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The Apocalypse Is Beautifully Tragic In 'Seeking A Friend For The End Of The World'

Evan Crean Evan Crean
June 22nd, 2012 12:08am EDT

Seeking a Friend

The apocalypse has never been more hilarious or beautifully tragic than it is in Lorene Scafaria’s directorial debut “Seeking a Friend for the End of the World.” Her film effectively employs humor to make light of its apocalyptic premise, although it doesn’t treat its subject lightly. The movie, which is an honest tale about regret and love, will have you laughing at the beginning, but by the end you’ll be tearing up.  

“Seeking a Friend for the End of the World” opens with a strangely comedic moment. Dodge (Steve Carell) is sitting in the car with his wife, as a radio announcer confirms that scientists have failed to stop a fatal asteroid careening toward the planet. While the DJ laughably transitions to plugging the station’s countdown tunes until the end of the world, Dodge’s wife bolts from the car never to be seen again.

Poor Dodge is left to experience his remaining three weeks on Earth alone. He tries unsuccessfully to maintain normalcy by clinging to daily routines. His friends even attempt to set him up with a new woman. However, nothing can fill the emotional void left in Dodge’s life except thoughts about his old high school sweetheart Olivia. After a chance encounter with his neighbor Penny (Keira Knightley), the two become friends and decide to track down Olivia together. Things become complicated between Dodge and Penny though, when romantic feelings start to develop.

Dodge and Penny encounter some entertaining people on their journey. There’s a man who has hired an assassin to end his life prematurely and a wacky group of employees at Friendsy’s, a Friday’s-like restaurant. In a laugh-out-loud scene at Friendsy’s with “Community” star Gillian Jacobs and the scene-stealing T.J. Miller, booze and drug fueled shenanigans give way to a comical orgy.

Seeking a Friend 2

An incredibly fascinating part of Scafaria’s film is watching how the human race deals the impending apocalypse. It starts with hedonistic behavior like the kind that Dodge witnesses at a friends’ party. The shindig hosted by Connie Britton and the outrageous Rob Corddry, features hard drugs, fireworks, drunken wrestling, and children chugging alcohol. Following the debauchery, people move onto anger in the form of rioting and looting. Once they get burned out on that, they settle into acceptance so they can spend their final days with loved ones. Some just live in denial the entire time like Dodge’s cleaning woman, who continues her weekly visits despite his attempts to dismiss her.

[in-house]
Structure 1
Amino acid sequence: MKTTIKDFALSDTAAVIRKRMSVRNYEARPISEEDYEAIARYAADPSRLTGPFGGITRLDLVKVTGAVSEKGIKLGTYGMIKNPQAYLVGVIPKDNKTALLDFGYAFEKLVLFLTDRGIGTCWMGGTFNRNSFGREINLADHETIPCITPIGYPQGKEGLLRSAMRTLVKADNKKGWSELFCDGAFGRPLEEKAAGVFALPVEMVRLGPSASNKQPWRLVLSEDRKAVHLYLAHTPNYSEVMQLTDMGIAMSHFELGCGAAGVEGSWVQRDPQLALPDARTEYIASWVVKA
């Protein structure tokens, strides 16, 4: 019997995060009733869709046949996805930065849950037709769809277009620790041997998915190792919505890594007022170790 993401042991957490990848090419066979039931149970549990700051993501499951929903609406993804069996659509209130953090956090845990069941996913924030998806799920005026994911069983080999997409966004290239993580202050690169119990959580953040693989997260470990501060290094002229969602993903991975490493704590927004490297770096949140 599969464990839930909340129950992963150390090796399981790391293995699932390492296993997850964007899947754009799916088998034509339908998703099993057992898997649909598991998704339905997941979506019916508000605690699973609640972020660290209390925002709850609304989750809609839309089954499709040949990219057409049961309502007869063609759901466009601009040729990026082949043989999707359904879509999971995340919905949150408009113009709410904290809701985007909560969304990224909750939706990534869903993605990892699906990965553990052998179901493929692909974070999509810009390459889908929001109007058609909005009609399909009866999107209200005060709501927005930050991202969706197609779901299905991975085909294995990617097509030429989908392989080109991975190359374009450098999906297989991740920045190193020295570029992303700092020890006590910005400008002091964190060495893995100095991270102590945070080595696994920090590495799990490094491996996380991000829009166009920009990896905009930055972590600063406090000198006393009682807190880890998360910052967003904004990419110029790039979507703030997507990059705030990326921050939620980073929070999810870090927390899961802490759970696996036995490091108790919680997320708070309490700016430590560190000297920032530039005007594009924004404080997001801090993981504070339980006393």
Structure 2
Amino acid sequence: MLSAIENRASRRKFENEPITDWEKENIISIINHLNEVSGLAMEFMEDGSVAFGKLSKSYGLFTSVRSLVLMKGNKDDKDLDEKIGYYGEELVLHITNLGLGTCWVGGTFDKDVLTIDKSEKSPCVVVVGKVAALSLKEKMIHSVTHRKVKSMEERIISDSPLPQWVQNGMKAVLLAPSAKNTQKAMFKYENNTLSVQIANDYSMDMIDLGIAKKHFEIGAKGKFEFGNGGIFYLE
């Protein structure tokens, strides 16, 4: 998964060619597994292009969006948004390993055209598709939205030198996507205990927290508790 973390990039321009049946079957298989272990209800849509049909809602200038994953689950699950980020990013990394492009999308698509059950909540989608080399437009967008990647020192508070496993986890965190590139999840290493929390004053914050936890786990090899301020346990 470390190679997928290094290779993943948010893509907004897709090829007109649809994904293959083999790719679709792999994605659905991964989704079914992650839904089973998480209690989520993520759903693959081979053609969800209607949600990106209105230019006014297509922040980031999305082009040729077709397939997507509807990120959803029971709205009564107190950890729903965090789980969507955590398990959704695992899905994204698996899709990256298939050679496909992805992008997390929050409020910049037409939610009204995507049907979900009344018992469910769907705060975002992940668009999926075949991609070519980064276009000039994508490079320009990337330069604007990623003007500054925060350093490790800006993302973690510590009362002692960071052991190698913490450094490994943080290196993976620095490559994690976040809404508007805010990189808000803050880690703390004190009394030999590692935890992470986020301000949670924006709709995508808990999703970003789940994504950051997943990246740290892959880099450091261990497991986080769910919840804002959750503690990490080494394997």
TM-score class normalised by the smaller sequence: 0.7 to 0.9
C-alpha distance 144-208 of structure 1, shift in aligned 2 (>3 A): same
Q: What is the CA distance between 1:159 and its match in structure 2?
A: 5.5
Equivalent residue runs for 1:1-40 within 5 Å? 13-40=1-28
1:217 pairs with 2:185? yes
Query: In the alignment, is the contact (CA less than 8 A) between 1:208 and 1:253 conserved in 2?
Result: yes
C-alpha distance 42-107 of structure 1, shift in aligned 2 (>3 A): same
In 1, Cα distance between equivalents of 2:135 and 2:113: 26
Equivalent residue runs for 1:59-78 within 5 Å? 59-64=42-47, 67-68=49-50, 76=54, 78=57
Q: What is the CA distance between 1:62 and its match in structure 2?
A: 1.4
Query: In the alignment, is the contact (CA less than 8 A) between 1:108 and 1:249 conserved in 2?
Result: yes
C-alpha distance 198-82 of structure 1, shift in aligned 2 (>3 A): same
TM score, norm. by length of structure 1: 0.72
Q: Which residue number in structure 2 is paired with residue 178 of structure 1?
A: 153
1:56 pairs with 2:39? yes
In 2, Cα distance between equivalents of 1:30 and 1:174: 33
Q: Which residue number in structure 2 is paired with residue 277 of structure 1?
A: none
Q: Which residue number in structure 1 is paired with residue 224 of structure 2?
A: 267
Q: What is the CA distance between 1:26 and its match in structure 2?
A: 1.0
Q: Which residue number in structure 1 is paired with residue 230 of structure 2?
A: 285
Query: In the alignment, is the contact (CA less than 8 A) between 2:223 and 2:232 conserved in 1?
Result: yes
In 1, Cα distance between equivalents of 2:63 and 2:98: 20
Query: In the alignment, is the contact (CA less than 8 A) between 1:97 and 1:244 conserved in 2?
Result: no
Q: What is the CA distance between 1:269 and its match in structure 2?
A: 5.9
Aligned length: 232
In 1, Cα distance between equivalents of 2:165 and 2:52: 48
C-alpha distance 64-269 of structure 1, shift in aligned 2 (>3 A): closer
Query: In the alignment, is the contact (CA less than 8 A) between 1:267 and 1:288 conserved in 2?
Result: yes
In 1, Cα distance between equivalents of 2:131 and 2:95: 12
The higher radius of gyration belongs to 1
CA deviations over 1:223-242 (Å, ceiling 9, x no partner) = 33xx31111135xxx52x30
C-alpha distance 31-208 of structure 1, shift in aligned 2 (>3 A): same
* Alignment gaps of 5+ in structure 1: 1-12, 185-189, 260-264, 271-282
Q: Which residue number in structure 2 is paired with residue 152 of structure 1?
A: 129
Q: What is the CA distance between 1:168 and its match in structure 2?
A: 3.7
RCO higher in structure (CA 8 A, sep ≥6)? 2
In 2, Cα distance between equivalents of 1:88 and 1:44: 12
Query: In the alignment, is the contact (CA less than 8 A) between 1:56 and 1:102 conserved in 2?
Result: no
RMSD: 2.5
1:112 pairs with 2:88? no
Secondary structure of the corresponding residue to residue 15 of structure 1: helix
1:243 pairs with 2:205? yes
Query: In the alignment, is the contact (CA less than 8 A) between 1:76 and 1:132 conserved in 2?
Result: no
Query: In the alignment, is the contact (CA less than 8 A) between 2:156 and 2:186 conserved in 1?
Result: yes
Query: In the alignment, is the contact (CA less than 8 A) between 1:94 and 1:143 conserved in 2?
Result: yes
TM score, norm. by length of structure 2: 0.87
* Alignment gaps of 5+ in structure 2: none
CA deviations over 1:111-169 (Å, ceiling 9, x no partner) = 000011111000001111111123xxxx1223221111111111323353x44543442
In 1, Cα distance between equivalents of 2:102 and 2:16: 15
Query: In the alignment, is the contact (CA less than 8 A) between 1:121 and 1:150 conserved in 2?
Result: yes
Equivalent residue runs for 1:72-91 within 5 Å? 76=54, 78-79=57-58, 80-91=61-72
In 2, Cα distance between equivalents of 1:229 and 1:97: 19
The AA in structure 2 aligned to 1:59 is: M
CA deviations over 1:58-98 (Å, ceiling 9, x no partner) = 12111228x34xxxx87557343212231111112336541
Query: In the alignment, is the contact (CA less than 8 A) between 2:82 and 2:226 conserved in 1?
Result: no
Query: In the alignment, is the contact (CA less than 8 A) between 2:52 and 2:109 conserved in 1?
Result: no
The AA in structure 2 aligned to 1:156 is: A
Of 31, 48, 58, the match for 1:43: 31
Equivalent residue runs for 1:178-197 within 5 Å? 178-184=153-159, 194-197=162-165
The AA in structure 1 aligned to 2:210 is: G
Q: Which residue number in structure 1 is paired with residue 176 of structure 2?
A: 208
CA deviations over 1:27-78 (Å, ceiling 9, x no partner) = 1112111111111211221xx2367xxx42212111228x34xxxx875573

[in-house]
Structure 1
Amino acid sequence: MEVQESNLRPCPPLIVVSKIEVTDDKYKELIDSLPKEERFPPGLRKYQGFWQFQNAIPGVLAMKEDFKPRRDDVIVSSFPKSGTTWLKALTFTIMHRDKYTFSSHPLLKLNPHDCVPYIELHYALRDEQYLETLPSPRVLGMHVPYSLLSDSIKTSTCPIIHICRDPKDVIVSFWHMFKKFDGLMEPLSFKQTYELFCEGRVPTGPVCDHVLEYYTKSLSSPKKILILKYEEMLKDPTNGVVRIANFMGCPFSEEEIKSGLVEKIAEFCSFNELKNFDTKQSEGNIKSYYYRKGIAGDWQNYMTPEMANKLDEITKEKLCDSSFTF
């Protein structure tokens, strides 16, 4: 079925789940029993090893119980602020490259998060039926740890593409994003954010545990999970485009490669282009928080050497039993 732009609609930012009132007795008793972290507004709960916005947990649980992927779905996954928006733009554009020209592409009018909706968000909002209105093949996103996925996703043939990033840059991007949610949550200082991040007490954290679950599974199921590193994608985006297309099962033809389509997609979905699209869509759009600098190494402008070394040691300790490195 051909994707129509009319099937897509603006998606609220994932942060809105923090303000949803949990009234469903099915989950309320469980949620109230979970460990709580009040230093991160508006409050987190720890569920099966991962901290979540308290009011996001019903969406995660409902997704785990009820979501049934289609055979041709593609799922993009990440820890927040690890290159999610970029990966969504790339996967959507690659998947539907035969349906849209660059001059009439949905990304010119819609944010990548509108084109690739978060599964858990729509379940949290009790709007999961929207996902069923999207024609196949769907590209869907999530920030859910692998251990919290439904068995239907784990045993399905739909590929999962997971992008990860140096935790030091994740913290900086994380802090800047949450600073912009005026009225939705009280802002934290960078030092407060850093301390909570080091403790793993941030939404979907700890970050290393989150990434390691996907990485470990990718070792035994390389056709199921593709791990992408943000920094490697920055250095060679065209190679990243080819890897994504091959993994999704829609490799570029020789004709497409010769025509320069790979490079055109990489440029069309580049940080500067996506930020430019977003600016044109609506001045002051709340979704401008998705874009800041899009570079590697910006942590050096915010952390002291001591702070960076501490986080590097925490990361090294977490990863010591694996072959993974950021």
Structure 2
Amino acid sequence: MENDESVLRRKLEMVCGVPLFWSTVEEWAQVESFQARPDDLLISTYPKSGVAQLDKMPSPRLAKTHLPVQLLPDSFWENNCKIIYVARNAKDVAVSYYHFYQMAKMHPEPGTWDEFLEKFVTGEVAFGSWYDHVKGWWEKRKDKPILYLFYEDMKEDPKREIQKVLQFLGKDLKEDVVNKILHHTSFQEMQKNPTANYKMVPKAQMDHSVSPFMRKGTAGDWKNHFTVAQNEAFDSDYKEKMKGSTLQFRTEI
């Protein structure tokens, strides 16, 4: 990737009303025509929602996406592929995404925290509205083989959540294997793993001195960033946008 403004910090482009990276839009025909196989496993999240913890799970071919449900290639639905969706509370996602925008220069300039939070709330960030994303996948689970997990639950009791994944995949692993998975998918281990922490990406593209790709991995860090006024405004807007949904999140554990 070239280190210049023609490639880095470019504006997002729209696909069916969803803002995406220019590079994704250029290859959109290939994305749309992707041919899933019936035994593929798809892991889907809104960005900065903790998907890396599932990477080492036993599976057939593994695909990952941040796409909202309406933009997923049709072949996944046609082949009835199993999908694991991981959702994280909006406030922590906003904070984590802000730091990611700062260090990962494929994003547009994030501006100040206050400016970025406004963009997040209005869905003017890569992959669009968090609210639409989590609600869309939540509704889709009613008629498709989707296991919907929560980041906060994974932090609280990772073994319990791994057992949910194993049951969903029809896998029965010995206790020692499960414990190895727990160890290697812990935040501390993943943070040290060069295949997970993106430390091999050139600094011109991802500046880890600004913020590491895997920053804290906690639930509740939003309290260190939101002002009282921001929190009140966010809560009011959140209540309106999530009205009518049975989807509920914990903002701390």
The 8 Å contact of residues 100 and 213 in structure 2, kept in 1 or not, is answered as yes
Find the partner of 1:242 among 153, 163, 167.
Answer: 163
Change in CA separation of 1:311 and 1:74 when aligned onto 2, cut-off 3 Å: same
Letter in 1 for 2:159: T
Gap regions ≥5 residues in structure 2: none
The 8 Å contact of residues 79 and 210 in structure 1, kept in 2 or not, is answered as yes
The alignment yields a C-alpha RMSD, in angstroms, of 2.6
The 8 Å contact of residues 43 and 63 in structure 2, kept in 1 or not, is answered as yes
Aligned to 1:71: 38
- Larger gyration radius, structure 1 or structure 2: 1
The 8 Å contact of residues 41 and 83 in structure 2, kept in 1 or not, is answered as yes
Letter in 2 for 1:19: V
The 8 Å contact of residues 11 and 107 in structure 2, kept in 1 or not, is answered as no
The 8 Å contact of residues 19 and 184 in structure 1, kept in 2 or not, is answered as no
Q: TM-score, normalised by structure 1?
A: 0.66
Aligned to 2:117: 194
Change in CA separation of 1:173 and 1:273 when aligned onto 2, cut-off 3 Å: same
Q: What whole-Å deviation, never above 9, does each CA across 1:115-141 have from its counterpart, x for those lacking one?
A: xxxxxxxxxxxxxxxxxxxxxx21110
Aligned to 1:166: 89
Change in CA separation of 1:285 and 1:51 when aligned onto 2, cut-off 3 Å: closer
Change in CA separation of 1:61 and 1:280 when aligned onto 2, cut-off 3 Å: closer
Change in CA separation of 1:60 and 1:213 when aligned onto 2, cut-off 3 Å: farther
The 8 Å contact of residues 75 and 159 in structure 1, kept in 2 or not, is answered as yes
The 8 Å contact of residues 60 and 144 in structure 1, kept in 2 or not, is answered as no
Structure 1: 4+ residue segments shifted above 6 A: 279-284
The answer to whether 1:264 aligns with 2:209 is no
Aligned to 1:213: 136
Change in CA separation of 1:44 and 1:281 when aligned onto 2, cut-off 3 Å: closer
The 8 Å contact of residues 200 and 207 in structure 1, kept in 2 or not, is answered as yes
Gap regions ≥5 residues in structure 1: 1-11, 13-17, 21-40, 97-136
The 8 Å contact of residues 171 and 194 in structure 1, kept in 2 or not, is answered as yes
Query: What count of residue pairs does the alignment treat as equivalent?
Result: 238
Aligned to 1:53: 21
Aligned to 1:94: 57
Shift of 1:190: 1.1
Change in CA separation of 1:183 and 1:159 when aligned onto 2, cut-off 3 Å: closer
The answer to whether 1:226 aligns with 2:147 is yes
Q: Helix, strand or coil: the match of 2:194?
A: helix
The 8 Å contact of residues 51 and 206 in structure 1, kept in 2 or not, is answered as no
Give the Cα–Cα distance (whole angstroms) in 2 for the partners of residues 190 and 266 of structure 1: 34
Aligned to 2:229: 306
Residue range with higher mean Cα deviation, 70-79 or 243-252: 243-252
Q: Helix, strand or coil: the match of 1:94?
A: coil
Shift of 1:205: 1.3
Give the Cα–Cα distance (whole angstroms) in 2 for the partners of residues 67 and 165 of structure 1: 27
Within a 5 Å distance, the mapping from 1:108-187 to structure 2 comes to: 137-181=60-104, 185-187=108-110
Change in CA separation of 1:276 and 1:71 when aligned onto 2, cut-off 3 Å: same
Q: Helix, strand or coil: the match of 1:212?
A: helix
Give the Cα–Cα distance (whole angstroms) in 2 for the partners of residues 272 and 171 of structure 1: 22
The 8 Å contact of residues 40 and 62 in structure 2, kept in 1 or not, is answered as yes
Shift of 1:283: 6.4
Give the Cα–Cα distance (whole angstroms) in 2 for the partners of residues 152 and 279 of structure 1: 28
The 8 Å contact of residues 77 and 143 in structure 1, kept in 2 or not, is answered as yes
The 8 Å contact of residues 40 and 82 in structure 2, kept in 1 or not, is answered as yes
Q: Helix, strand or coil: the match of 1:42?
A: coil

As characters, Dodge and Penny represent the perfect match because they’re complete opposites. Dodge is the kind of guy who has played it safe all of his life, which leaves him full of regret about all the exciting paths not taken. Penny on the other hand took lots of risks in relationships as what she calls “a serial monogamist,” causing her to lament her reckless behavior. Both actors do great work in their roles, but Carell excels at conveying Dodge’s depression and detachment. He fills Dodge’s statements with profound sadness like “You didn’t ruin my life; I just had a really long head start.” It’s nice to see him slowly come out of his shell with Penny. The actors don’t have the strongest chemistry on screen, though they make it convincing enough.

If you’re looking for something deeper than the average summer fluff, “Seeking a Friend for the End of the World” is definitely worth watching. You’ll laugh plenty, but you’ll also wish these two characters had met earlier in life. You’re still happy they get the brief time together that they do.          

My Grade: A-

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